Alexander Pope: Philadelphia Poe ace and 19 game winner.
Before we discuss lineups, we have to talk about the starting pitchers: for the Philadelphia Poe, Alexander Pope; for the Rapallo Pound, the Marquis de Sade.
Sade distracts the hitter in a number of ways: facial tics, bursts of sudden laughter, screams, taunts, even as he’s going into his wind-up. The Rapallo hurler scratches himself before almost every pitch. When (and it’s often) the Marquis disagrees with the home plate umpire, he will glare ferociously, and sometimes Pound, his manager, will come out of the dugout and join Sade in this staring contest. What’s odd, though, is that during these confrontations, Sade and his manager never speak. They only stare. The whole act is extremely unsettling. During this staring act, as the home team fans howl and heckle with blood-thirsty fury, umpires become very uneasy; and subsequently the home-plate official is known to call nearly everything Sade throws a strike.
Sade is not overpowering; in fact his famous ‘knuckle curve’ has been clocked at less than fifty miles per hour. It almost hangs in mid-air between the batter and the pitcher, and then dives below the hitter’s knees at the last moment. To watch Sade torment a line-up with unhittable junk, as he sneers, spits, and rubs himself in all sorts of odd places, is agonizing for all but Pound fans—who seem completely mad themselves.
The Philadelphia Poe pitcher, Alexander Pope, is fiercely competive, throws hard, and brawls with the best of them. Pope”ll bust you inside, then freeze you with a big curve on the outside corner. He finishes games. Give Pope the ball and watch him go to work. He doesn’t want to come out of a game, and rarely does, and his strikeout percentage increases as the game goes on. He led the NL with 20 complete games. Poe and Pope are very close. “I wouldn’t play for any other manager,” Pope gushed, after he pitched the clincher.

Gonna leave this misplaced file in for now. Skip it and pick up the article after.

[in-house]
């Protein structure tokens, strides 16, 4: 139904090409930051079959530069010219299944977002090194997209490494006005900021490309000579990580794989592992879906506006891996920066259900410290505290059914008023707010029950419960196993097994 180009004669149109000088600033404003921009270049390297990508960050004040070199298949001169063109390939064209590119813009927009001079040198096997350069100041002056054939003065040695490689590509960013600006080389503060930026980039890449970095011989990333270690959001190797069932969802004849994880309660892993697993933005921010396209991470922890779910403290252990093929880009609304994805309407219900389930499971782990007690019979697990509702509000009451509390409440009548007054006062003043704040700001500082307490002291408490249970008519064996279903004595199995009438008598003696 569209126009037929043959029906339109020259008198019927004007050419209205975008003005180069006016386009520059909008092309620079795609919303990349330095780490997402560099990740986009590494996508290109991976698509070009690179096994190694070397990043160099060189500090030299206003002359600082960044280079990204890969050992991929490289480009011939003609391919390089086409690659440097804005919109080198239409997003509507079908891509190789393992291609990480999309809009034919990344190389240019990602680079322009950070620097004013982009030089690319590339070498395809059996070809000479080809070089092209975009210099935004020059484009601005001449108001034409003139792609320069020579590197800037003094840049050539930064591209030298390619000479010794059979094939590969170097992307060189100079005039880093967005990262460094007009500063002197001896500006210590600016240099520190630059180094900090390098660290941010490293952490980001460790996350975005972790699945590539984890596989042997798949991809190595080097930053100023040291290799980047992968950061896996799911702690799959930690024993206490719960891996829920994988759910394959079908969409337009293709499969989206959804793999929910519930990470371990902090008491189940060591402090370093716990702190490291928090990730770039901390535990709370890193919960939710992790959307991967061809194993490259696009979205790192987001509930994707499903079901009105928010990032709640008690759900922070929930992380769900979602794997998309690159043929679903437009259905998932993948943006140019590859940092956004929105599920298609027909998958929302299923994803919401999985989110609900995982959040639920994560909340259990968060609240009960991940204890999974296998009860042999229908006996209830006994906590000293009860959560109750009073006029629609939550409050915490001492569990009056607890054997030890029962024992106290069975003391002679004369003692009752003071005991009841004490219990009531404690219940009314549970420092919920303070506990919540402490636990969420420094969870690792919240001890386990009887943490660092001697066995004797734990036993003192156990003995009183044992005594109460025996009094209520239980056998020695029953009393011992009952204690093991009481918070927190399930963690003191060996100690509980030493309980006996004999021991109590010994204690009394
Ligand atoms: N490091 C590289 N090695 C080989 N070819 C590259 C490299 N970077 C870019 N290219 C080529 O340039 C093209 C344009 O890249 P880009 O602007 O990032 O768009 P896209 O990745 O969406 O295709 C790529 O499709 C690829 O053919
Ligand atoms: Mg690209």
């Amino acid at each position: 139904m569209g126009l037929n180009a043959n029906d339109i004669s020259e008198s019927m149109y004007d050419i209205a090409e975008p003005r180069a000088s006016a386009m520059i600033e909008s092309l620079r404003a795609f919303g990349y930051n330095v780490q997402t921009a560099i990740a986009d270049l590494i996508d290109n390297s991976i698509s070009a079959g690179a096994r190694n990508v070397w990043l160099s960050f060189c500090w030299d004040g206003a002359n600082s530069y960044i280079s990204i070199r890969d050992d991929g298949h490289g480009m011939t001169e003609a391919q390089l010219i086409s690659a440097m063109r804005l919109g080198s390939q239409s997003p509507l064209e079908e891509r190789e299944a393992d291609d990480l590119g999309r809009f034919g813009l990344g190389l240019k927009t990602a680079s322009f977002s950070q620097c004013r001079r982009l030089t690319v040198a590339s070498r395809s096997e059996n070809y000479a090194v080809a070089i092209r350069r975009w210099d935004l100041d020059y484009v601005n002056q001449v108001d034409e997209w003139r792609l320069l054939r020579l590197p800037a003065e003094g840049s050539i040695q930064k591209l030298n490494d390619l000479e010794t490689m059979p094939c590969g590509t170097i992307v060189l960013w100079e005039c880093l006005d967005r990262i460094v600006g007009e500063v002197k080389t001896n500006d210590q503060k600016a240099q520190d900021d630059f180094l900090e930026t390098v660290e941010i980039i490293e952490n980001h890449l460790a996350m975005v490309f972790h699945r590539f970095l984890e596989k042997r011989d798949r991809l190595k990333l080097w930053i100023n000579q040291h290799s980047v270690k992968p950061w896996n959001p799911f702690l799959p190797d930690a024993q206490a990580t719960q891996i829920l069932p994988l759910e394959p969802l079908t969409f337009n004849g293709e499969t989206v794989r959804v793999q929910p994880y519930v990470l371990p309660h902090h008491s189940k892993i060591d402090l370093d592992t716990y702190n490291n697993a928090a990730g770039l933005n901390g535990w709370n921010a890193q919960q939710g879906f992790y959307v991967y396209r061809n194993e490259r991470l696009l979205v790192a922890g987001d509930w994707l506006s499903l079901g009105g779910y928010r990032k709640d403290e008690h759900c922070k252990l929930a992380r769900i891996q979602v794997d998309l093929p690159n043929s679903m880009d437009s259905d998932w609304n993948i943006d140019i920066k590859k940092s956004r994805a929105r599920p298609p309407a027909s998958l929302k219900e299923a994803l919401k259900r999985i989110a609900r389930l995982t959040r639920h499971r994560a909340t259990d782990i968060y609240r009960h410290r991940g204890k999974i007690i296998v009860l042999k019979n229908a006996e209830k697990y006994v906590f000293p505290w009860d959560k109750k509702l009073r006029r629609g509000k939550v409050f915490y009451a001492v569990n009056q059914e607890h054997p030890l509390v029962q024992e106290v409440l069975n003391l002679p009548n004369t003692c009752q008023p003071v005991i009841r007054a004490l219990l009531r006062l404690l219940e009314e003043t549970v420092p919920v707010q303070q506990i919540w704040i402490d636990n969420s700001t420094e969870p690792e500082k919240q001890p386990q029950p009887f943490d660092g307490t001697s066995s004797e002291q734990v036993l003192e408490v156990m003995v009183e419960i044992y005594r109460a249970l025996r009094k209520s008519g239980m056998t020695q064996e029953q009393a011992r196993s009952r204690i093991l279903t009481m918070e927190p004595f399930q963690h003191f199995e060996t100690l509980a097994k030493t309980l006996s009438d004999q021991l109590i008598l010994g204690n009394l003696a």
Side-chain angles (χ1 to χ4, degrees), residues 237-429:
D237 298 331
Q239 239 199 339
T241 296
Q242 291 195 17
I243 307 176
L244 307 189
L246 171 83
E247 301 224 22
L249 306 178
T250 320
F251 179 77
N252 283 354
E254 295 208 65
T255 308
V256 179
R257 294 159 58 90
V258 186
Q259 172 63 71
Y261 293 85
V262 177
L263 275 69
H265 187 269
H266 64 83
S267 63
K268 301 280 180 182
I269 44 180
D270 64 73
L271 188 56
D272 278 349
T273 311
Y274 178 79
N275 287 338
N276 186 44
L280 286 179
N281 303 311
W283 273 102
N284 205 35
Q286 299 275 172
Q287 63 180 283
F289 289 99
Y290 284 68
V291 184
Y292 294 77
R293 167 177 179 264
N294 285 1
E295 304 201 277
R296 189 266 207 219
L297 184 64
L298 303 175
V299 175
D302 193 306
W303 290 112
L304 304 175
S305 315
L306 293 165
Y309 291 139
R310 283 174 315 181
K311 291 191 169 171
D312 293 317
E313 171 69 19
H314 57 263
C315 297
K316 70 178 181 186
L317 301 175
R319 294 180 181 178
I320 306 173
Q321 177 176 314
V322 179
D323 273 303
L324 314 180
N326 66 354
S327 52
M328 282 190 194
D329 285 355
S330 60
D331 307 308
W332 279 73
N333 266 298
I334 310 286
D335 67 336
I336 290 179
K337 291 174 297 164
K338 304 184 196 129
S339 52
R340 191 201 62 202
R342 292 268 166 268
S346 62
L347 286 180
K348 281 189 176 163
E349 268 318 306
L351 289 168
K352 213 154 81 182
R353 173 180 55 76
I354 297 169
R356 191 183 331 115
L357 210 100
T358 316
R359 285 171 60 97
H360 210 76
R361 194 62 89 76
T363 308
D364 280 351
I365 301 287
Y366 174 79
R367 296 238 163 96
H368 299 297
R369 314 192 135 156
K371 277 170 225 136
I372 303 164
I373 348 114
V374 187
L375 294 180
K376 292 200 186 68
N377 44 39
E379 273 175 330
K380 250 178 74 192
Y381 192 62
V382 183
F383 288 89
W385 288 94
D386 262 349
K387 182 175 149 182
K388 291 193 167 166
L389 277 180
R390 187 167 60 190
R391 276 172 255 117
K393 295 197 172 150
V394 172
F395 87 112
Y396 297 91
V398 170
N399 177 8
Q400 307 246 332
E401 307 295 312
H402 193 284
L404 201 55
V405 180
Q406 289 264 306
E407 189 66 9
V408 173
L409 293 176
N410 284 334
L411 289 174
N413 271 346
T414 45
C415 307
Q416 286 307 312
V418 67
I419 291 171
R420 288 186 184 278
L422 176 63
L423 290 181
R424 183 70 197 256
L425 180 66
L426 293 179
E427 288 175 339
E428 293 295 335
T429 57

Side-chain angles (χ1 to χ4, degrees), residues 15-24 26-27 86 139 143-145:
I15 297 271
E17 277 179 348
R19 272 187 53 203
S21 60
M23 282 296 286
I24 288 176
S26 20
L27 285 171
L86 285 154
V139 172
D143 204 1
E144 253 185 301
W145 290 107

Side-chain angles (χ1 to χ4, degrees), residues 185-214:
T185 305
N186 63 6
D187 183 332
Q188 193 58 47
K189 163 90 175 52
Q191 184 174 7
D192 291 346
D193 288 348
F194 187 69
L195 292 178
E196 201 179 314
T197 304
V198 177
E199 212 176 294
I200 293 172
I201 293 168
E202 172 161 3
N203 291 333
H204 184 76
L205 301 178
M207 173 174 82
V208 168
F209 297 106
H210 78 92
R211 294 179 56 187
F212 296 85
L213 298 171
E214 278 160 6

The Philadelphia Poe’s projected starting lineup:
Gilmore Simms, RF. Hurt for most of the year (Samuel F.B. Morse filled in admirably). Simms can run.
Charles Brockden Brown, SS. A slap hitter who advances runners. George Lippard, another native Philadelphian, is the reserve infielder.
Charles Baudelaire, 2B. Gap hitter, makes contact.
George Byron, 1B. When Byron couldn’t play, Alfred Hitchock took over. Byron slugged 29 homers.
Thomas Moore, C. Excellent on-base percentage.
Fydor Dostoevsky, 3B. Hit over .400 with 2 outs and runners in scoring position. Team-leading 47 doubles.
Virginia Poe, CF. Swift as a deer in center. Surprising power: 17 homers.
Fanny Osgood, LF. League-leading 14 assists. Very hard to strike out.
Alexander Pope, P. Great sacrifice bunter.
And, for the Rapallo Pound:
Aleister Crowley, CF. Took over for Wyndham Lewis. Crowley hit three triples in the Pound’s pennant-clinching victory.
Hilda Doolittle, 2B. Great D from H.D. She’s been nursing a sore ankle. Flaubert may start instead.
William Butler Yeats, SS. The best glove anyone has ever seen. A disappointment at the plate, but does get on base. Francis Villon, his replacement, can hit.
Ford Madox Ford, 1B. 41 homers, 134 RBIs.
James Joyce, LF. .311 batting average. Back from a late-season injury. Basil Bunting was his replacement.
James Laughlin, 3B. The New Directions kid wasn’t expected to hit. He slugged 39 homers and batted .340. MVP numbers from a mere editor.
Ernest Fenollosa, C. Steady, handles pitchers well. Missed the month of August. Margaret Anderson of the Little Review is the back-up.
Benito Mussolini, RF. Great clubhouse presence. A gun for an arm in right. Few go from first to third on him.
Marquis de Sade, P. Chats with the opposing catcher the whole time he’s up.